In short, Game Theory is a mathematical interpretation of a certain contextual situation. In Game Theory, the term “game” denotes a particular situation where there is a conflict with “n” being the number of individuals or groups that participate within the “game.” Also, Game Theory accounts for certain rules and restrictions within the game, as well as “moves” made by choice or chance. Finally there must be a “payoff” or outcome to the game, either a resultant of the conflict or a mutual verdict between parties. While originally adapted for economic models, the concept of Game Theory has been extended to social science, military strategy, and even professional basketball.
A common situation that involves Game Theory is the question of “why do professional athletes make so much money?” It is true that professional sports leagues like the NBA, MLB and the NFL must offer high salaries to attract the greatest talent base in the world, however one could easily justify paying an average of $100,000 as opposed to the multimillion dollar salaries given to athletes today. However, the vast majority of these athletes only specialize in a certain skill-set; therefore they are unlikely to be hired in a different profession, and they are unlikely to make a comparable amount of money in another line of work (Miller 124). Let’s now assume that the owners of these sports teams lowered the traditional monetary standards of the league, players would still make more money in the fiscally adjusted league than in any other profession. However, if one owner decided to raise wages his franchise would benefit with no doubt. The franchise would attract the best players in the league, probably win several championships and host consistent sellout audiences. Inversely, if all of the other franchises in the league decided to increase wages the isolated franchise would most certainly suffer. The team simply could not afford the top players in the league. This effect would undoubtedly lead to the majority of the losses sustained by the team. Of course, this situation does not happen because of the salary cap imposed by the National Basketball Association under Commissioner David Stern. However, the player’s union is in a constant struggle with the league, fighting for larger salaries. The NBA in turn wants to minimize salaries for many reasons, one being maximum profits for team owners, another being NBA players can stay in the league longer for financial purposes, smaller salaries induce longer careers.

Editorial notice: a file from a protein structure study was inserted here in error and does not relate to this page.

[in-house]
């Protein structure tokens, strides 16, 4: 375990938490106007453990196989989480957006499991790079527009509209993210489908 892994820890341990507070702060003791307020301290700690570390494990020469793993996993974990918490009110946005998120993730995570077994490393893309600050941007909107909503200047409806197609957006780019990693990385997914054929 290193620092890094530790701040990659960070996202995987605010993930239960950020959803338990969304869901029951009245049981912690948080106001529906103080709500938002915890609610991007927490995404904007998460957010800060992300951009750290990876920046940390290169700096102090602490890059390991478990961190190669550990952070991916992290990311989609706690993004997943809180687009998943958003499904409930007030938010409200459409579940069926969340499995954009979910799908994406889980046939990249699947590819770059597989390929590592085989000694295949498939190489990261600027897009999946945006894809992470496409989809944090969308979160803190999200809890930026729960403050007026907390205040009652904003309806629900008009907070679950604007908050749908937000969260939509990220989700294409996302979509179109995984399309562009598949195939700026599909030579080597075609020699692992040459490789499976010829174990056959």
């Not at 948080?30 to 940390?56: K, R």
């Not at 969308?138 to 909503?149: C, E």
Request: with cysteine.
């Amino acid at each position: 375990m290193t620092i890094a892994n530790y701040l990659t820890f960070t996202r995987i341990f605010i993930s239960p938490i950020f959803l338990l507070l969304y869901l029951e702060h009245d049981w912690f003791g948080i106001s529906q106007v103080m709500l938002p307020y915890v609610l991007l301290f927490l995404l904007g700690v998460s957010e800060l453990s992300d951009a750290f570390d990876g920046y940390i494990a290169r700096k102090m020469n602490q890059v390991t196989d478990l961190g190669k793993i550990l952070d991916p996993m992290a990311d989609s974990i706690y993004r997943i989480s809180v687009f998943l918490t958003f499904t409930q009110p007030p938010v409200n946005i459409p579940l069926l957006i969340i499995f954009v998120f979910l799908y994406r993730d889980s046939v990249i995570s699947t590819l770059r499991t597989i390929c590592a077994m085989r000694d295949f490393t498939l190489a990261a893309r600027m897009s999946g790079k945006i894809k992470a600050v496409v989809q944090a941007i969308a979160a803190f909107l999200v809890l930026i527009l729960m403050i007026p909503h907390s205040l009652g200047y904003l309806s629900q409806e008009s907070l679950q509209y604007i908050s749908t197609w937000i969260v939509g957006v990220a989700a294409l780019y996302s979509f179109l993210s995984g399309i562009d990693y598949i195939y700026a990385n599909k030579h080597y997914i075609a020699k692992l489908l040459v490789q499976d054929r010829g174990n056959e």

Game Theory is also paramount in actual basketball play. The constantly moving nature of the sport combined with instant decision making makes the NBA a wealthy source for Game Theory research. Coined offensive schemes such as the “Triangle Offense” and the “Princeton Offense” revolve around finding an open shooter who is able to score. To equate this philosophy into practical applications there must be accepted terms. First, the likelihood of finding an open shooter increases as the number of passes within a possession increase respectively. Second, in general, relatively uncontested shots are more likely to convert than contested shots. Finally, teams with higher shooting percentages have a higher winning percentage.